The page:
Taking care of eight puppies is time-consuming, and our other volunteers offered some tips that have been real time-savers. For example, at least half of the whelping area is covered in newspaper, and this section serves as a pottying area for the pups. We’re always collecting newspapers for the puppies. However, one of our volunteers, Betsy Smith, rolls the newspaper rather than folding it, which makes it very easy to grab one or two sheets. The Jacksons also bought a large piece of vinyl to protect their hardwood floor in the puppies’ area. A lot of people may be hesitant to whelp a litter because they’re worried the puppies will mess up their house. But the puppies don’t really mess up the house, said Jane.

“Susan and Diane made it look easy and fun,” said Jane. “And the Ds are very laid back. They sleep a lot.”

Thank you to the Jacksons and the Wengers for taking care of the “C” and “D” puppies for the first eight weeks of their lives!

Tuesday, August 5, 2014

New Service Dog Teams

This week is International Assistance Dog Week, a week devoted to celebrating assistance dogs and the many ways they change people’s lives. We started celebrating a little early this year because last Friday, three people passed the public access test with their new service dogs. SSD Ottawa and SSD Slate are now working service dogs, and SSD Boomerang is a facility dog in a school. And in June, four more dogs were placed—SSD Beaker, SSD Brooklyn, SSD Falstaff, SSD Hamlet, and SSD Seifert.

These dogs and their partners spent two weeks in Team Training learning how to work together. They started by practicing the most basic skills, such as attention, sit, down, and stay, and moved on to the specialized skills and behaviors each dog learned specifically for their partner.

Congratulations to all of our new service dog teams! We’re looking forward to hearing stories about your new service dogs.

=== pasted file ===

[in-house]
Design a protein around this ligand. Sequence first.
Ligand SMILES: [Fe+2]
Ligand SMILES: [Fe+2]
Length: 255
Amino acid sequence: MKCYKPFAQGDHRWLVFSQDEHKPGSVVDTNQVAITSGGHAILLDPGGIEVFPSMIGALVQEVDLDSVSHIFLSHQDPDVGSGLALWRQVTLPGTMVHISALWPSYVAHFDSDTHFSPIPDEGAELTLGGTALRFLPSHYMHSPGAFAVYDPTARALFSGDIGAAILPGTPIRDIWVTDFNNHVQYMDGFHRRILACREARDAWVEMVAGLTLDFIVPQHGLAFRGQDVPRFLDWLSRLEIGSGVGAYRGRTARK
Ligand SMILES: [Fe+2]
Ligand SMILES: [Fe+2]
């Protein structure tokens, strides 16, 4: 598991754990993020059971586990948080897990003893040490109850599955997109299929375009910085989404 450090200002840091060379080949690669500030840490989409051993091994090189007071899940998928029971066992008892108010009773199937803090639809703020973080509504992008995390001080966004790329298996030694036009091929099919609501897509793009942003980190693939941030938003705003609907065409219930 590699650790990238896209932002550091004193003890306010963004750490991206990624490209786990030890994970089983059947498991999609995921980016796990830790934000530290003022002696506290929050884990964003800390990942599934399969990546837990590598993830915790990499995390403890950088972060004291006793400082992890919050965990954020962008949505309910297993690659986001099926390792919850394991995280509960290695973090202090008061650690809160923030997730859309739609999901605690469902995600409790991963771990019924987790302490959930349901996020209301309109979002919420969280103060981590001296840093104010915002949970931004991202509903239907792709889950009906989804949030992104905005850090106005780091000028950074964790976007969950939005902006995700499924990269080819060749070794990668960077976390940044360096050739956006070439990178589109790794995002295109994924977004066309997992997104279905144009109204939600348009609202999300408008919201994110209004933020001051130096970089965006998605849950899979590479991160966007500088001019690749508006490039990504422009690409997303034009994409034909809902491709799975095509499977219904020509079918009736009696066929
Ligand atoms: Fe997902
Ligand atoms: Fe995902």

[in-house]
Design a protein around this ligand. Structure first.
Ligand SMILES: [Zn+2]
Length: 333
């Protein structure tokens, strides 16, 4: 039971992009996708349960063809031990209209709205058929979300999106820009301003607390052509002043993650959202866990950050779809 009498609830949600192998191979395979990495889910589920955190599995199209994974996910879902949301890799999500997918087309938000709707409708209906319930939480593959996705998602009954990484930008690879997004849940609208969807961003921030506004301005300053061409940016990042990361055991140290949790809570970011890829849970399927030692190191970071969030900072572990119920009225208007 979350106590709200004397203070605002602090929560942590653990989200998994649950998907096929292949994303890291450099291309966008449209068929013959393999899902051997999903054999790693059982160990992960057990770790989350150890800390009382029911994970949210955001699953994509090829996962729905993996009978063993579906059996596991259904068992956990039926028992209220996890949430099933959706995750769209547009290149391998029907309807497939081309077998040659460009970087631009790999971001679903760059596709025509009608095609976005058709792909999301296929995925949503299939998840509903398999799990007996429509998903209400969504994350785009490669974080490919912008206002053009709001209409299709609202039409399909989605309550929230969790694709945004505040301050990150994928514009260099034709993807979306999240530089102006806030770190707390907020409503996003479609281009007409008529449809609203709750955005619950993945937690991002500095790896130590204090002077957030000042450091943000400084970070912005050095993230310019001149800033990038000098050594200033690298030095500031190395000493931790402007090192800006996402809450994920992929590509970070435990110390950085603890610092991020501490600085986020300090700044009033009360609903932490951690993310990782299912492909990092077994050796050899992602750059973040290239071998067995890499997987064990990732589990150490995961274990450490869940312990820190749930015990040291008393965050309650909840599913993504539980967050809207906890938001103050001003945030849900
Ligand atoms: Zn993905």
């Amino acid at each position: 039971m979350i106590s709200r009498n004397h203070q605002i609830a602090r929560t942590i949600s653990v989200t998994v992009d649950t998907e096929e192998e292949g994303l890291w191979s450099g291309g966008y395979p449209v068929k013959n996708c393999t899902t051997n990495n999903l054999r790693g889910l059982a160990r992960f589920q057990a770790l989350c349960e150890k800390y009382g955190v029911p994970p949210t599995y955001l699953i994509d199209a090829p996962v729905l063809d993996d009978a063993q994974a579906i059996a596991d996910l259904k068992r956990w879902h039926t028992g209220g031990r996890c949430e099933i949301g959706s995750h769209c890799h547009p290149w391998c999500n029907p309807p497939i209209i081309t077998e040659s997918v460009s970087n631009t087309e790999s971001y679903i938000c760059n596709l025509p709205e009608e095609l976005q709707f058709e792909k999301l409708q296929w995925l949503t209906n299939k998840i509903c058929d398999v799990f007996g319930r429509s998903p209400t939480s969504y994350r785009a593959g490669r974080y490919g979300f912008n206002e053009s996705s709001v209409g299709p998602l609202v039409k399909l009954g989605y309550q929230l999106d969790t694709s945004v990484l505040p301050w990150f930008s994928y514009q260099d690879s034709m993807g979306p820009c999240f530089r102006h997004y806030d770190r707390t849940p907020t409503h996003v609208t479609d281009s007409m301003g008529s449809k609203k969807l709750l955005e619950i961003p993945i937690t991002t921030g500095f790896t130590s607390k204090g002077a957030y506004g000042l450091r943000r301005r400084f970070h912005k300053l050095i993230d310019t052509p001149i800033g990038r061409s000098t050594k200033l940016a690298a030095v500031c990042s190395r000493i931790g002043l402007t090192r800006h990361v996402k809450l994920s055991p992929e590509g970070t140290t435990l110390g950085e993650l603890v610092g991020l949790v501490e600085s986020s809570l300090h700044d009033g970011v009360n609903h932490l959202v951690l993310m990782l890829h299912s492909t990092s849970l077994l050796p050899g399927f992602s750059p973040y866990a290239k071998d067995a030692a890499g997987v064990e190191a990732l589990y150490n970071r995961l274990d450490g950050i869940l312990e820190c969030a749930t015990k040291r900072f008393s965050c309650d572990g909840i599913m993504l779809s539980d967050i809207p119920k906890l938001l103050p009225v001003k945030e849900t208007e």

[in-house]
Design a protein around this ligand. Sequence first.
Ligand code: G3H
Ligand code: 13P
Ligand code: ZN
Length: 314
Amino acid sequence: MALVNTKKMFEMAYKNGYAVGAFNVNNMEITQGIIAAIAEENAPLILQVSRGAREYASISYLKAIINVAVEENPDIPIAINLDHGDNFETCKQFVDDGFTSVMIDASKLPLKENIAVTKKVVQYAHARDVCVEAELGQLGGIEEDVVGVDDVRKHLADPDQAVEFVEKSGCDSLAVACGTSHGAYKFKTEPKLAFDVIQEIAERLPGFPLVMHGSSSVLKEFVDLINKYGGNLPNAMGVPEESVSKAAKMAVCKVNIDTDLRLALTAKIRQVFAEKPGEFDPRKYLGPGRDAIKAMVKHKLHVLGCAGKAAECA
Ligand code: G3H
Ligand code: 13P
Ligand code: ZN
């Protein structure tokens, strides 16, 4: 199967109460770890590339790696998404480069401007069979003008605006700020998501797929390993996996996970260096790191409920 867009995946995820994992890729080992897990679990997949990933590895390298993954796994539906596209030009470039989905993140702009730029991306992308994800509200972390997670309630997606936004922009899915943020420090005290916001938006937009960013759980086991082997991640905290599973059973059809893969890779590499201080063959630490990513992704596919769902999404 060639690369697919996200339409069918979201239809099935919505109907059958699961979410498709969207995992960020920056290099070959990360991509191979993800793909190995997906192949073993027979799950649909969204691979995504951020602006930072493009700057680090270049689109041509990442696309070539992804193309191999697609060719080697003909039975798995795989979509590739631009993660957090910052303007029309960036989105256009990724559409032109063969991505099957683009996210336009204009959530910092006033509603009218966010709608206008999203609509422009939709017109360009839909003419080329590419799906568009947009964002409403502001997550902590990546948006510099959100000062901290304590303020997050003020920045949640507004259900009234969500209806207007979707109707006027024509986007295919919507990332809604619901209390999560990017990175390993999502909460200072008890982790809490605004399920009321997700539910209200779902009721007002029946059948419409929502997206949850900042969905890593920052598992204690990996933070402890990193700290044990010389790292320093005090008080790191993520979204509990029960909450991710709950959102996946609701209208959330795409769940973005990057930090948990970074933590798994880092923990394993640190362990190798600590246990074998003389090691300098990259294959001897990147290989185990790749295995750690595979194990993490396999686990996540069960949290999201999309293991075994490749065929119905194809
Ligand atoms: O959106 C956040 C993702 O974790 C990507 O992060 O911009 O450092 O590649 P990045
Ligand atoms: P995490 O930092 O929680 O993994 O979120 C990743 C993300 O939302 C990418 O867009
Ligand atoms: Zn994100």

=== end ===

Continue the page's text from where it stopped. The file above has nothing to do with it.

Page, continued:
We mentioned that our new teams passed their public access test, which means we have certified that their service dog meets certain standards. The dog will be able to go anywhere in public with their partner—restaurants, movie theaters, amusement parks, post offices, grocery stores, etc. Even though the dogs are allowed by law to accompany their partners in public, not everyone knows and understands the law. Service dog teams are often denied access because people don’t understand that service dogs are not pets.

The Americans with Disabilities Act (ADA) lays out the law for service dogs. These ADA requirements are available online.

Here’s a quick overview of the ADA as it pertains to service dogs:
  • Service dogs perform tasks or do work for people with disabilities. Service dogs are not pets.
  • Any business, nonprofit, or state and local government that serves the public must allow service dogs to accompany people with disabilities everywhere the public is normally allowed to go. This means, for example, that a person with a service dog cannot be seated in the back of a restaurant far away from the other patrons.
  • Service dogs must be under the control of their handler.
  • Other people can only ask two questions about a service dog: (1) is the dog a service dog required because of a disability, and (2) what work or task has the dog been trained to perform.
If you see a service dog in public, please remember not to pet it. Don’t pet, feed, talk to, or otherwise interact with a service dog. The dog is working. Of course, you can certainly talk to the person, and if they give you permission to pet their dog, you can. However, if the person says no, please respect their choice.